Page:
Monday, November 11, 2013

Today's poem by Mary Oliver

November


The snow
began slowly, 
a soft and easy
sprinkling

of flakes, then clouds of flakes
in the baskets of the wind
and the branches
of the trees -

oh, so pretty.
We walked
through the growing stillness,
as the flakes

prickled the path,
then covered it,
then deepened
as in curds and drifts,

as the wind grew stronger,
shaping its work
less delicately,
taking greater steps

over the hills
and through the trees
until, finally,
we were cold,

and far from home.
We turned
and followed our long shadows back
to the house,

stamped our feet,
went inside, and shut the door.
Through the window
we could see

how far away it was to the gates of April.
Let the fire now
put on its red hat
and sing to us.

Mary Oliver
from Why I Wake Early, 2004

26 comments:

  1. I've never really known this kind of winter, but the last few lines "Through the window we could see .... how far away it was to the gates of April .... are just so beautiful. Through them I can easily imagine how the beginning of a long winter would feel (and how lovely that fire would be!).

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    1. I was reading along, and when I came to that line I caught my breath - I thought it so wonderful. She is just the.best.poet!

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  2. First really frosty morning here for us, with temperatures just below 0 (Celsius, I mean), but I hope it'll be a while yet before our first snow.

    Nan, I wonder whether you can help me in trying to locate a book review I read on one of the blogs I am following, maybe it was you? I can not find a "search" button for your blog, so I need to ask: Have you ever mentioned an author named Giles Anreae (or Andreae, I am not sure about the spelling)? Google only shows me children's books by one Giles Andreae, but that is not the author I am looking for.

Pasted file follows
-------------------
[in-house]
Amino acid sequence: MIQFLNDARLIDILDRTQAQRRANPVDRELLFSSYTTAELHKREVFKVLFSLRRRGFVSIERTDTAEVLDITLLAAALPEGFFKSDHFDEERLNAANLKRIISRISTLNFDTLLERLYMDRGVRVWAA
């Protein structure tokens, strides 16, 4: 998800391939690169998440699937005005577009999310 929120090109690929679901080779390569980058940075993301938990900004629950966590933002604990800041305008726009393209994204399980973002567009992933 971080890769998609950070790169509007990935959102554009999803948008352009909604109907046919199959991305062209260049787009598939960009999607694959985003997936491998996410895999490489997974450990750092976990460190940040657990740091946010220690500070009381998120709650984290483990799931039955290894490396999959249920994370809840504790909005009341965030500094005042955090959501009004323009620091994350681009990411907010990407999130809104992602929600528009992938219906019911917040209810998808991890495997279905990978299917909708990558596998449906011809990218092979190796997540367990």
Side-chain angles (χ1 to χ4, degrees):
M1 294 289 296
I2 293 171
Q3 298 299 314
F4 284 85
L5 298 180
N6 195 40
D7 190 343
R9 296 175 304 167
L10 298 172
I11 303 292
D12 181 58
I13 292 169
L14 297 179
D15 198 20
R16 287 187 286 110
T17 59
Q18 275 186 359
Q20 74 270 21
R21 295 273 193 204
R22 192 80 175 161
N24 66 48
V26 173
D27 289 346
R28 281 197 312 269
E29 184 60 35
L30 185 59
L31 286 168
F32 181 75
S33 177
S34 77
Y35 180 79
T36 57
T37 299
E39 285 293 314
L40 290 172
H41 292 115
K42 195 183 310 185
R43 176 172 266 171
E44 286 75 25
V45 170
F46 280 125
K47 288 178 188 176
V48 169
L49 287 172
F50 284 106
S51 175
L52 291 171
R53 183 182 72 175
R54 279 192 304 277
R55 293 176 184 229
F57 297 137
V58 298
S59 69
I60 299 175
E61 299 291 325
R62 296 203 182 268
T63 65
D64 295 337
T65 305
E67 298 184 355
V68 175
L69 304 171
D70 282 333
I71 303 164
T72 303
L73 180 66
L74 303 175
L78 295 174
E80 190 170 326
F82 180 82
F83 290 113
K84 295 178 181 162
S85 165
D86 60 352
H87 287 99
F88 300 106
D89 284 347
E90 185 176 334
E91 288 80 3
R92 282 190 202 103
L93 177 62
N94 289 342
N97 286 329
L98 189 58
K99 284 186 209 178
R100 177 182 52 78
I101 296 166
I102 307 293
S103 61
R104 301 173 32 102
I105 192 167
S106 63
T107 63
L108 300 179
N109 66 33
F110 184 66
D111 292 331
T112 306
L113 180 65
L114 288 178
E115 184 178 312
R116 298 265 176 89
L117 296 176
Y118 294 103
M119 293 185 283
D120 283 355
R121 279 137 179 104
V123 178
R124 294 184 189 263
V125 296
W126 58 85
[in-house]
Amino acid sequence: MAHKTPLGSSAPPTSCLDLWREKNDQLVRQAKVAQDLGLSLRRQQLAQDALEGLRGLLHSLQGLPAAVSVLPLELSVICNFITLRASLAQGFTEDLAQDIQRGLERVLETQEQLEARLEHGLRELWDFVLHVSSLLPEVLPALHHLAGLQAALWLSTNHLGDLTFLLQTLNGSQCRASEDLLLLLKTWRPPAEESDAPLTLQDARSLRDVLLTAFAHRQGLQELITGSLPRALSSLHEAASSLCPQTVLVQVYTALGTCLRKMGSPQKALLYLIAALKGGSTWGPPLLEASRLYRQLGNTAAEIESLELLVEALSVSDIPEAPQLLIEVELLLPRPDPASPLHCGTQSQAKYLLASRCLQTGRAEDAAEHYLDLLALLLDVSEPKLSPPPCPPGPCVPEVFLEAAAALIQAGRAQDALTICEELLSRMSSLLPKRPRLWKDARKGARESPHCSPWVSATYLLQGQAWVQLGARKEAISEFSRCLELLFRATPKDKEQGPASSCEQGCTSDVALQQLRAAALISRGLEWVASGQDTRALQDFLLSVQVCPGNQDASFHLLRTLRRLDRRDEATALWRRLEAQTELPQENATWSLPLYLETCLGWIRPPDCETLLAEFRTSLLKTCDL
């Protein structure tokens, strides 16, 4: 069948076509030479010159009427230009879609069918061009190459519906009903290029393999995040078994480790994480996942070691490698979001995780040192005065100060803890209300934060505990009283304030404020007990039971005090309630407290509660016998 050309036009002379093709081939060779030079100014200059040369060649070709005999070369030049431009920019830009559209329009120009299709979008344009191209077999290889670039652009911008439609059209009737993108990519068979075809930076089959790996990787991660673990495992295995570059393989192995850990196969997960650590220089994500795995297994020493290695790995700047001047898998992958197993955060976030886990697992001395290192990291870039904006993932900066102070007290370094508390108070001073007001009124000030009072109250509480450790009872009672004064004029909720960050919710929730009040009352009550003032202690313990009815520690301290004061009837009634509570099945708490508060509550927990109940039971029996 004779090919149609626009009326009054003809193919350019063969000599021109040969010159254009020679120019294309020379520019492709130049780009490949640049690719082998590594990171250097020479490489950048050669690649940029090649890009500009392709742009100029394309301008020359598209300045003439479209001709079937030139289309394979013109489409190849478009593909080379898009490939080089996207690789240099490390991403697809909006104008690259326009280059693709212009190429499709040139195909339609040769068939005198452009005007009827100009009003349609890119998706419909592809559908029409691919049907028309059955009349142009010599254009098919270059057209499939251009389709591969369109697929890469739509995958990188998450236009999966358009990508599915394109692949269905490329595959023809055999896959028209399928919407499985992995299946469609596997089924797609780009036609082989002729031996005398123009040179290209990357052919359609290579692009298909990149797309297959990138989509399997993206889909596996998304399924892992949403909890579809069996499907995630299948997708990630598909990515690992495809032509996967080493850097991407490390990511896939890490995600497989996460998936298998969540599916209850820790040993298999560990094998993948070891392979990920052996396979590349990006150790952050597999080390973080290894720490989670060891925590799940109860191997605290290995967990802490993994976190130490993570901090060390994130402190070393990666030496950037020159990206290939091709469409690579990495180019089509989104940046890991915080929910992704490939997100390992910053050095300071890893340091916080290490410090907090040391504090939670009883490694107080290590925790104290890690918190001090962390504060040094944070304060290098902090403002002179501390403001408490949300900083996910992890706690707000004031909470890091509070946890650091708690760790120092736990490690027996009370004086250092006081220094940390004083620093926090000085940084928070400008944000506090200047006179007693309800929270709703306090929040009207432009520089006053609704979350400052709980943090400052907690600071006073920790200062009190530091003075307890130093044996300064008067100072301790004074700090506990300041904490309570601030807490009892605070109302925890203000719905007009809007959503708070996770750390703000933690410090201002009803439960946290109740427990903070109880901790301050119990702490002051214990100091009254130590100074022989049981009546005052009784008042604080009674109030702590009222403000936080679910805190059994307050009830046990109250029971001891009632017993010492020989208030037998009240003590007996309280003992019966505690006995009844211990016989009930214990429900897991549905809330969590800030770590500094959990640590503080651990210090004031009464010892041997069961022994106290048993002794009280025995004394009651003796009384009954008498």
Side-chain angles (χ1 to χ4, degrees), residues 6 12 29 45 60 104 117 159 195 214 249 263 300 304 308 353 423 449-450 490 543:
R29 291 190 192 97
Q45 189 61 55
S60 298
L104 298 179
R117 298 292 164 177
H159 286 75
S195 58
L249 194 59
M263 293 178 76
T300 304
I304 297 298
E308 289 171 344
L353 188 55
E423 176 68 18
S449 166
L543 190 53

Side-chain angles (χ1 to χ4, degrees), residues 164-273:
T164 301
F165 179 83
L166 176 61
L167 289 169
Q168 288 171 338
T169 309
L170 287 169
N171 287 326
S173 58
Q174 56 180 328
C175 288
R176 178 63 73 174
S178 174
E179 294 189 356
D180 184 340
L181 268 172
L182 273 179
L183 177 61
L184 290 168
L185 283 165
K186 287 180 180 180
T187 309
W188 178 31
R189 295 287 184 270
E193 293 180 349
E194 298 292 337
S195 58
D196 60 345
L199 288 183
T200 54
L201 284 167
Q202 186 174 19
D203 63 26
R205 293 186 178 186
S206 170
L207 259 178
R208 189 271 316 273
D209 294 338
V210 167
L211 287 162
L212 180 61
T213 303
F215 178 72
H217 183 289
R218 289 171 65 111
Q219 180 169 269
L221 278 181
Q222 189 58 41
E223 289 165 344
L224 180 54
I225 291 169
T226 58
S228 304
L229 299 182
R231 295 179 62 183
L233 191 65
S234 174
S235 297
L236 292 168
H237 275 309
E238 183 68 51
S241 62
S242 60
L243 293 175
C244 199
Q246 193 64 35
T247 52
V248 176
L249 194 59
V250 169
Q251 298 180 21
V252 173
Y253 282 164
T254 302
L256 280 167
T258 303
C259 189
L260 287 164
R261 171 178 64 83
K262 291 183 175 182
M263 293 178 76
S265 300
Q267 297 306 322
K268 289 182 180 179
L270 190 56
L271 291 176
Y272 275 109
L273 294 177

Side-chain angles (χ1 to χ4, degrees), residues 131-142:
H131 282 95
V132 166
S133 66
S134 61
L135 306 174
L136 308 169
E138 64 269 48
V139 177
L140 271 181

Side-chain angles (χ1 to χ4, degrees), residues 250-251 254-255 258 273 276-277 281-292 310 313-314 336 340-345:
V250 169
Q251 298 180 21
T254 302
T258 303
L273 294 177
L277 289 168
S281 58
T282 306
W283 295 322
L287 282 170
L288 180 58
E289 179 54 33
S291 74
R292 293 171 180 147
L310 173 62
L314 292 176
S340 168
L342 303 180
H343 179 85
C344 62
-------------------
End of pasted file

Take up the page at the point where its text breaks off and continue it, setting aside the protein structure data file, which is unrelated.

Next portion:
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    1. My search button is in the upper left hand corner. Gosh I hope it shows up for you! I'm not the one who wrote about Giles.

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    2. I can't see your search button - I can't see mine, either, although I KNOW it is there, and I have checked my blog settings and layout to make sure I have not inadvertedly taken the search option off my blog... strange, that!
      Anyway, thank you for getting back to me on this.

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  3. Brrrr Makes me cold reading this. No snow here yet. It is cold enough to have some but the ground is warm enough that it won't stick.

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    1. We had a couple really cold days mid-week, but it is warmer now.

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  4. How beautiful and so simply stated - the best kind of artistry, I think. Thanks for this -
    Mary

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    1. You've described just why I love her work so much.

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  5. Mary Oliver is just the best. I have walked that walk many times, and savored the "red hat" of the fire upon my return. Thank you for sharing, Nan. A perfect choice for the day. We have been "dusted over" by snow these past few days. Just enough to make footprints and shallow snow angels.